I am alone again. I pace in and out of the forest, Little Sherwood. There are no bandits about. I stand behind my Major Oak for spells to cut the wind, then pass out into the crosswinds. I pace my watch. I pace the weather side of the quarterdeck, from the forest to the far tulip tree and back, an immemorial tradition of the British Royal Navy. I pace with my thoughts. Wonder about the direction of our ship. The safety of our crew. I consult charts. Take a compass reading. I dead reckon. We are not on course. Not the least bit on course. I am troubled.

When I turn from the wheel, when I turn out of the forest, I am confronted by a group of women who have mushroomed out of nowhere and stand before my desk. Eight of them, all lined up. I am amazed. "Where did you come from?" They smile in answer and ask for a poem. I select "Emergency Haying" by Hayden Carruth. "Would one of you read it?" They call to someone on the pathway. They say, Professor. And Professor walks into their group. He warms, slowly, to the idea of reading. He locates his glasses. He reads the poem softly. Everyone must lean in. He reads, "I change grip and the image fades." Each word receives fair emphasis.

"She snicked her hand off and took it/and threw it grandly at the sky." It is hard, hearing this, not to iterate this gesture, not to play out this scene. A defiant laborer, a cane-cutting grandmother, taking her own hand, her own power, now severed, now cut away from her body, and throwing it to the sky, throwing it into the face of her maker. What a grand gesture! Defying the one who would own her labor.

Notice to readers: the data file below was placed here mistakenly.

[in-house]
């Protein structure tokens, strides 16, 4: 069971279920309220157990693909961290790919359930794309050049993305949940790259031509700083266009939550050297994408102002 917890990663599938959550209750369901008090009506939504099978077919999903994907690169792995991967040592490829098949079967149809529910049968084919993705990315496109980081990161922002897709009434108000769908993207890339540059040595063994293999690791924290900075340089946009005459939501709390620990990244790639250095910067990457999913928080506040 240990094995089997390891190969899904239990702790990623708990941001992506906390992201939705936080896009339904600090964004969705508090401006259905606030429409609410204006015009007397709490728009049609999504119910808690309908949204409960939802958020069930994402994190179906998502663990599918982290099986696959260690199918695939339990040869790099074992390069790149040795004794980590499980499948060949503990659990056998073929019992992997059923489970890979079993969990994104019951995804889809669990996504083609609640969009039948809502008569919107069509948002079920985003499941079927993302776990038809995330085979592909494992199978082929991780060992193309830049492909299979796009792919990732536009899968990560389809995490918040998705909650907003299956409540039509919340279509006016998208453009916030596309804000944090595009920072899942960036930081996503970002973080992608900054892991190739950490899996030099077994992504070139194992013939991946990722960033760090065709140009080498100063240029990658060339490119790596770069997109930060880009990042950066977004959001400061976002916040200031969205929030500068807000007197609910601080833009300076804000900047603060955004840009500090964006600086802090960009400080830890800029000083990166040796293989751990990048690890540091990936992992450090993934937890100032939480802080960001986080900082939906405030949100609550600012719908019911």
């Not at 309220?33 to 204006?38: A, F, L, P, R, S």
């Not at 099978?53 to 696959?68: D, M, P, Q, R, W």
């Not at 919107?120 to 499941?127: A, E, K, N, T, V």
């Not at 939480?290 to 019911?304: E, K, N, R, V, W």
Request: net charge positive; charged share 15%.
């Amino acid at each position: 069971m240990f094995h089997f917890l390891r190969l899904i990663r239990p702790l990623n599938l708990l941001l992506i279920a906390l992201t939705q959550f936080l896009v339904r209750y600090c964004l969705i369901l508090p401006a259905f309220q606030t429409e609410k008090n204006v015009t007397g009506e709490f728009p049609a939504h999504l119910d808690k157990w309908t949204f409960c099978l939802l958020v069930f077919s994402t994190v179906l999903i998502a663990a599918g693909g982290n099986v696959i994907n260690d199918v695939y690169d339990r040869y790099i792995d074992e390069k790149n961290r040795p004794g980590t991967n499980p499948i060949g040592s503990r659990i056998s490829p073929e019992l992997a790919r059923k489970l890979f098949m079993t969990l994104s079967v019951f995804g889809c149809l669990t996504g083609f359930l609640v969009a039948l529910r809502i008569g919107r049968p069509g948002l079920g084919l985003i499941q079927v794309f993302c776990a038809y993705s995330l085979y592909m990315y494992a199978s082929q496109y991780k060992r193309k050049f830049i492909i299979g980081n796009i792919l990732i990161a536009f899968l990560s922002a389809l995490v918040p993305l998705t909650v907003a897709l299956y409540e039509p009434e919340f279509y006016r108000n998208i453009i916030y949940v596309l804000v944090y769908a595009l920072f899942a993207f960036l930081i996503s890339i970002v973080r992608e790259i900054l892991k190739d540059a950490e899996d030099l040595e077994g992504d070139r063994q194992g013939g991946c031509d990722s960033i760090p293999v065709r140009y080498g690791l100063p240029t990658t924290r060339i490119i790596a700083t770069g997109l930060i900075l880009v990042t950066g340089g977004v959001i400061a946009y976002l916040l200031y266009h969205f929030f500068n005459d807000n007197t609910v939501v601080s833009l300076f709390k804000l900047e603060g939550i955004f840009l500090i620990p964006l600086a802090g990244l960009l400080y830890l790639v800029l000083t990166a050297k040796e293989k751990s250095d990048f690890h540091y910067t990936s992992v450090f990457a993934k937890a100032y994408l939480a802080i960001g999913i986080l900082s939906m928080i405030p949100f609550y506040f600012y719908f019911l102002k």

"Are you together in class today? How did you come to be walking around the lake?" They wouldn't say. "You don't want to know. We are walking in memory of someone. We have to go now. Thank you."

I read "One Train May Hide Another" by Kenneth Koch to Oliver. "One thing I've learned about Koch's poems, they're long, but they're amazing." It is a 66 line long poem. I read it again to Ross. The poem intrigues him. He asks me to mail it to him so he can share it with friends. "If you are waiting to cross/The tracks, wait to do it for one moment at/ Least after the first train is gone." The poet again is training our eyes. And this line, appropriate to Seattle, "One bath/may hide another bath/ As when, after bathing, one walks out into the rain." And so we question our use of words to express meaning. The ability of our language to mean. When we say the word bath. When we say the word work. When we say the word love.


I spend all afternoon with Erik Lacitis of The Seattle Times, who has come to collect information. He vacuums for details. We photocopied my journals. I'm not sure why we did it. I waffled back and forth thinking it may be an invasion and remembering I'd intended to keep a public journal. What is a public journal if not published? Notes, sketches, a head count, random thoughts. Contact info, a history of weather and names. What does it amount to?